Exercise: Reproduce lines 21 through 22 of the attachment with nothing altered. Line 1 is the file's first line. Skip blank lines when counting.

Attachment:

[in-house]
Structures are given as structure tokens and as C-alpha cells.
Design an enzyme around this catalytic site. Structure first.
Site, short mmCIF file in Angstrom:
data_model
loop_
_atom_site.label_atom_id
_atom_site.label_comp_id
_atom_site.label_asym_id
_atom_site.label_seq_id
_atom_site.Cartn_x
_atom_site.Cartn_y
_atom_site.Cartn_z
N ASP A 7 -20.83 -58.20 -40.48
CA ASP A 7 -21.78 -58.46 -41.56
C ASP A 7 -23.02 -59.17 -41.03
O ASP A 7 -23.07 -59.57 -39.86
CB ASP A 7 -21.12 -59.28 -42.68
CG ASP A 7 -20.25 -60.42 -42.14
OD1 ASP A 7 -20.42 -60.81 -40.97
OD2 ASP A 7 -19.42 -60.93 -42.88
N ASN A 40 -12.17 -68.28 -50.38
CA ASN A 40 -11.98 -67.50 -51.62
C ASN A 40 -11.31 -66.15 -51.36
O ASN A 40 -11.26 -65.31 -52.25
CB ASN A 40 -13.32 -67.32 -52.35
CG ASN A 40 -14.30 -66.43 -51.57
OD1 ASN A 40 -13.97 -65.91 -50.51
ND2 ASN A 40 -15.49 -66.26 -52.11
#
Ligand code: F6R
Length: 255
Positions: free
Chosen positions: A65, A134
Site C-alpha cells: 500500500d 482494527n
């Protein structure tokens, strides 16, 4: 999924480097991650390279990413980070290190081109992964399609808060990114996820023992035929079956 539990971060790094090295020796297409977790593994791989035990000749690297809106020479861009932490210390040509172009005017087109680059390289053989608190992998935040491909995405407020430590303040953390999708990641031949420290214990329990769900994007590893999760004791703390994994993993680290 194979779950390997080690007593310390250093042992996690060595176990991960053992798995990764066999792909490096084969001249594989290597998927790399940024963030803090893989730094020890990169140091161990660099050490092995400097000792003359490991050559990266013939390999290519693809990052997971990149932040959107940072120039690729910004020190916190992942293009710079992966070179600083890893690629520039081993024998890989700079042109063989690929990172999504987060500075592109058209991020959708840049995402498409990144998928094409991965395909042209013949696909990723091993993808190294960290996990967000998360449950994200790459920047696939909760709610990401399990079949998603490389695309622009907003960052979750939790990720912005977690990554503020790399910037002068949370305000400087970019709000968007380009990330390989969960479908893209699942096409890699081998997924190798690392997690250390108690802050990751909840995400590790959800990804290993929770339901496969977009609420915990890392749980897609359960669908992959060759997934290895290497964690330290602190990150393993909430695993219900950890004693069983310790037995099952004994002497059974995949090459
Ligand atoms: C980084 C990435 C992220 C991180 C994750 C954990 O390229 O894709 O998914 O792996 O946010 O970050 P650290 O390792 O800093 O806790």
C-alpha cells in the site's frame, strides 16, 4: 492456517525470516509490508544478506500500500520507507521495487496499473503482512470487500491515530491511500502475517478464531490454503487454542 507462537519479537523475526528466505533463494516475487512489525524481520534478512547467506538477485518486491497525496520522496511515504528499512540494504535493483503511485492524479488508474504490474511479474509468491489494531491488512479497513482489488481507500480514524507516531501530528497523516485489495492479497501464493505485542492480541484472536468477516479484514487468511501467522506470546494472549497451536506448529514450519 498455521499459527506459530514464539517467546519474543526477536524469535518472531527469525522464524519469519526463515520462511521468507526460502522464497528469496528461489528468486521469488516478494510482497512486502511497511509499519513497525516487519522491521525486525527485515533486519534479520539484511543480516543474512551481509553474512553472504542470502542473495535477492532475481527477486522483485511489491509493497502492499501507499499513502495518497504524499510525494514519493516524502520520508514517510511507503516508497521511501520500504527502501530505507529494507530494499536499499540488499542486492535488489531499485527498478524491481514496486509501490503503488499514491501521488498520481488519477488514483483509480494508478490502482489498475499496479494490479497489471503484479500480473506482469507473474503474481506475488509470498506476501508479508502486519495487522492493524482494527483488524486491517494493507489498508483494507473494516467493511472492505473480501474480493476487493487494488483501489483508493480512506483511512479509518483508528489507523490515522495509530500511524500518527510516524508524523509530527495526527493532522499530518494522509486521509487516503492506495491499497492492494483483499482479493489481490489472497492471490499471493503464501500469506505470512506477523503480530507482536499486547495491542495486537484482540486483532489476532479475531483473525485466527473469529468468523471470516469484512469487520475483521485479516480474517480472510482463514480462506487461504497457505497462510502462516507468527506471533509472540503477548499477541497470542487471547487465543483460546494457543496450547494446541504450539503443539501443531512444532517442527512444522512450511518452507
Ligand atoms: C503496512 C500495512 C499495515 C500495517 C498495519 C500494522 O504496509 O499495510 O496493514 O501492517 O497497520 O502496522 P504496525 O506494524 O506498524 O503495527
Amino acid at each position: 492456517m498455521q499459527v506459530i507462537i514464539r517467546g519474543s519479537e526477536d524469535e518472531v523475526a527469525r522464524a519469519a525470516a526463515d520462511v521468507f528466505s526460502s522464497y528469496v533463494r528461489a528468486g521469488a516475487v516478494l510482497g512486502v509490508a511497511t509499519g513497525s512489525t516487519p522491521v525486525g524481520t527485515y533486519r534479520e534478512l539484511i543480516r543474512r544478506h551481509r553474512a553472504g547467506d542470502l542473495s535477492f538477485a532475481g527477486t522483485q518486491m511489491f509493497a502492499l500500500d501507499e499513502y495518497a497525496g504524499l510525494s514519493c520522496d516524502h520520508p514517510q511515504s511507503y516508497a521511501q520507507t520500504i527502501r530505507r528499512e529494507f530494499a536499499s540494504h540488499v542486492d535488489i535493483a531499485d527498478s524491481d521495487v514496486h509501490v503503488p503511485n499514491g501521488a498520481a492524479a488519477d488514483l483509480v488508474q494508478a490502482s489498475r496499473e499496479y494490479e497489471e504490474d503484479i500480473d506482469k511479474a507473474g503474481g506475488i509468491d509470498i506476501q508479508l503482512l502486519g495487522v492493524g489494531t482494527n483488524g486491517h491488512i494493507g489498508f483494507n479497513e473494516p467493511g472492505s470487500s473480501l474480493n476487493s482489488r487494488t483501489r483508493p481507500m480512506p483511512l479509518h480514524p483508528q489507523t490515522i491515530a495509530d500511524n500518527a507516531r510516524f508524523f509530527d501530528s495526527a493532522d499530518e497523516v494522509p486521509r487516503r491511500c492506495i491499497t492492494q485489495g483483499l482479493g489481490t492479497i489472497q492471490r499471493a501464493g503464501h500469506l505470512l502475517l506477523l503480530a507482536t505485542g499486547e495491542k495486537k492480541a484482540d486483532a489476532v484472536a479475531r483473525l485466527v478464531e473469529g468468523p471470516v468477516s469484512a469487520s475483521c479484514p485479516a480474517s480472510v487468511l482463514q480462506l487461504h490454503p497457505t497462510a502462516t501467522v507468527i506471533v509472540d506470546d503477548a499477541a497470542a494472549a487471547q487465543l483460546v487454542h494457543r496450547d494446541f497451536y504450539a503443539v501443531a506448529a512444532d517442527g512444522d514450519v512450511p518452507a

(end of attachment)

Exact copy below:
OD2 ASP A 7 -19.42 -60.93 -42.88
N ASN A 40 -12.17 -68.28 -50.38